The Eurasian Economic Union is designed to ensure maximum freedom for the movement of goods, services, capital and labour. Of course it is unfortunate that we have not yet achieved results on some of the points we previously agreed. Here too I agree with my colleagues: we need to move in this direction and achieve the goals we set for ourselves. That is the first thing.
The second. As we agreed at our meeting in Astana, we must work to eliminate all kinds of exceptions and various reciprocal preferences. We need to create a level playing field. We understand that this is hard work, but it also needs to be a two-way street. We must find a compromise that suits everyone.
”We should talk about creating Eurasian energy, transport and telecommunications networks. This convergence will create the most favourable conditions for our economies’ development potential. Regional integration is the most effective way to maximise the use of internal growth resources and increase competitiveness in global markets.“
We should talk about creating Eurasian energy, transport and telecommunications networks. This convergence will create the most favourable conditions for our economies’ development potential. Hardly anyone doubts that regional integration (and this is a global trend) is the most effective way to maximise the use of internal growth resources and increase competitiveness in global markets. There is also an aspect we have talked about many times now: together we are stronger and better able to respond to global challenges.
In the three years of its existence our Customs Union has proven its effectiveness. Our countries have shaped the market for 170 million people in the CIS. Cooperation ties, especially in industry and mechanical engineering, are growing stronger.
Our exports are steadily climbing, and their composition is increasingly diverse. Trade between the Customs Union and foreign markets is constantly growing. In the first eight months of this year it amounted to $604 billion.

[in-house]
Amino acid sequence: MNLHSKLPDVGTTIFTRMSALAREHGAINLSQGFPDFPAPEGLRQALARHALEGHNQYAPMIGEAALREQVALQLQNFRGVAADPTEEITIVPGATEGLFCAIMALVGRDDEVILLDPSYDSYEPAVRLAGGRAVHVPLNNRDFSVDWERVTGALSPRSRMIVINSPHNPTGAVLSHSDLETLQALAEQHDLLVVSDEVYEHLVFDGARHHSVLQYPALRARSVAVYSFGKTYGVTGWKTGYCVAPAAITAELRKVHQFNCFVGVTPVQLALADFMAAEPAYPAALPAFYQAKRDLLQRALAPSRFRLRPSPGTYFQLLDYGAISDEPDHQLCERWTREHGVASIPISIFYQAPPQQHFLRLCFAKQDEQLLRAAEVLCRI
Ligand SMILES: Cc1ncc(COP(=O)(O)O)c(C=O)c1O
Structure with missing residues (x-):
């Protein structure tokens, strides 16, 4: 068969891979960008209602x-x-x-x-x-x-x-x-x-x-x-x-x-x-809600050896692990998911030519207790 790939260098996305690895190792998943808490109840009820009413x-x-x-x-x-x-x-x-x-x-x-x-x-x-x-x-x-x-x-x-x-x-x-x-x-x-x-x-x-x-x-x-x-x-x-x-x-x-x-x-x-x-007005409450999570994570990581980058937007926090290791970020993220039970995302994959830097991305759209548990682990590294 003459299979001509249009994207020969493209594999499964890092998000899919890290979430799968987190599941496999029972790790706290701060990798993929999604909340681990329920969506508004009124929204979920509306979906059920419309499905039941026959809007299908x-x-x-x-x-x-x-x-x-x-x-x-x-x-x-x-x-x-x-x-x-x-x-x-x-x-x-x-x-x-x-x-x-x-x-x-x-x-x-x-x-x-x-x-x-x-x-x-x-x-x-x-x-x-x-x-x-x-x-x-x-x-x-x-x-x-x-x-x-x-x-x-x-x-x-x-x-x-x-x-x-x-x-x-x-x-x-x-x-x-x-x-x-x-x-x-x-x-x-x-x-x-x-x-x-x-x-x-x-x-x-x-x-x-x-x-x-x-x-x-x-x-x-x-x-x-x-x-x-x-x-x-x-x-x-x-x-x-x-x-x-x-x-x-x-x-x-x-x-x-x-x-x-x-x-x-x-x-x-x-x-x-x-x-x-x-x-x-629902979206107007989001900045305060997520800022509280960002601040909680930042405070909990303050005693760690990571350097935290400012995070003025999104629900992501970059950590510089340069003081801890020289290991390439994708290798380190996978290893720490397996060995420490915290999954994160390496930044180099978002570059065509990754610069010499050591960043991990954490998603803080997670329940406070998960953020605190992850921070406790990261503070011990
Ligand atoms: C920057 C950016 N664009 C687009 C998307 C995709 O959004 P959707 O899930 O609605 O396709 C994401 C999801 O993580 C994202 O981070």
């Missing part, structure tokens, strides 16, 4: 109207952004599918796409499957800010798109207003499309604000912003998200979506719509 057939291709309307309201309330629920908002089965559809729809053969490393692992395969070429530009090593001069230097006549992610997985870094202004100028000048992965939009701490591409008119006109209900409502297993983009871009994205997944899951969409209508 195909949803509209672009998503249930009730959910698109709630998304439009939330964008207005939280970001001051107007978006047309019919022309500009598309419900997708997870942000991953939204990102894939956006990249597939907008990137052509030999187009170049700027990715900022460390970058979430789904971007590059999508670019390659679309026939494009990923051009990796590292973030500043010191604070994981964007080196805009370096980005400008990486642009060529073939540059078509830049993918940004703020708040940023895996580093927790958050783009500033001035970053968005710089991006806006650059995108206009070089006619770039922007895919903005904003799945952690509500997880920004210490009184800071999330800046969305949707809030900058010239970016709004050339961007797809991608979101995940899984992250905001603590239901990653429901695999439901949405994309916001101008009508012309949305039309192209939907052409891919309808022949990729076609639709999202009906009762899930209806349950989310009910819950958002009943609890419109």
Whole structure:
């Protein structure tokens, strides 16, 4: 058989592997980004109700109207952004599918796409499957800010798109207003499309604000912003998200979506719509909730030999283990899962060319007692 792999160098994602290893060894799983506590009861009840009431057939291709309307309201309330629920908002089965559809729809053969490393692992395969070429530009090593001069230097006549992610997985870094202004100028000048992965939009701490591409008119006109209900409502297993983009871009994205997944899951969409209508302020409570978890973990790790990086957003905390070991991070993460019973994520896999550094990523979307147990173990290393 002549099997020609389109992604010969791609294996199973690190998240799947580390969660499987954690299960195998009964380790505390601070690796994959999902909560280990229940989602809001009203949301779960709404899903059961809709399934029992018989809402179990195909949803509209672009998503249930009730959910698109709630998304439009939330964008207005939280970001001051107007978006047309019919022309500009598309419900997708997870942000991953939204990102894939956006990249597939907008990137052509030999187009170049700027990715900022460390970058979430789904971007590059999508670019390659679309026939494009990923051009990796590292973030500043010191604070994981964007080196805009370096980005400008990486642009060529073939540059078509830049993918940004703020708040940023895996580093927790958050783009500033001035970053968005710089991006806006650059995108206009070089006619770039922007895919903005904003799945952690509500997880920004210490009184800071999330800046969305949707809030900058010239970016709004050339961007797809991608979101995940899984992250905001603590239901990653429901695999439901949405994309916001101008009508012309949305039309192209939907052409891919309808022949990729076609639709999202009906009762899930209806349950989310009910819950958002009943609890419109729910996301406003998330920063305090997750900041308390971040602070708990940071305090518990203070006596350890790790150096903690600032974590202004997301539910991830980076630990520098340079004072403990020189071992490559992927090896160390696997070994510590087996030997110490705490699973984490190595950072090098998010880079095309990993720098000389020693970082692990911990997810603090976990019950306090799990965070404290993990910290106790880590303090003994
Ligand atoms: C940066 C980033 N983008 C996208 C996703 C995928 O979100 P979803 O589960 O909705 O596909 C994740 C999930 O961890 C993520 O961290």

We heard just now that we should approach the expansion of our union very carefully; I fully agree with this: conditions must be the same for all. We talked about this, the three of us, in a very restricted format, and agreed with this principle. Mr Nazarbayev mentioned third countries’ interest in this union, the Customs Union, including that of Turkey. Colleagues, I would like to inform you that another major economy, one of the largest in the world, is demonstrating a similar interest: India.
Our great friend the Prime Minister of India visited Russia just a few days ago. He asked me to raise the issue at our meeting today of India being interested in the possibility of signing a free trade agreement with the Customs Union. I think that in the light of the Indian market’s scale and the development prospects for Asia as a whole, we should take this offer very seriously indeed.
With the general slowdown in global growth, the macroeconomic indicators of the so-called troika – Russia, Belarus and Kazakhstan – look wholly acceptable and satisfactory. In the first six months of 2013 our gross domestic product grew by 1.7 percent. Mutual trade within the Customs Union and the Common Economic Space, excluding fuel and energy products, increased by 2 percent between January and August.
Needless to say, our union was not entirely spared from the global economic crisis. But to overcome these negative effects we must continue deepening integration, improving our common market of goods and services, and enhancing the business environment. This is the logic behind Russia’s actions, and we are ready for the very closest cooperation.
Thank you very much for your attention.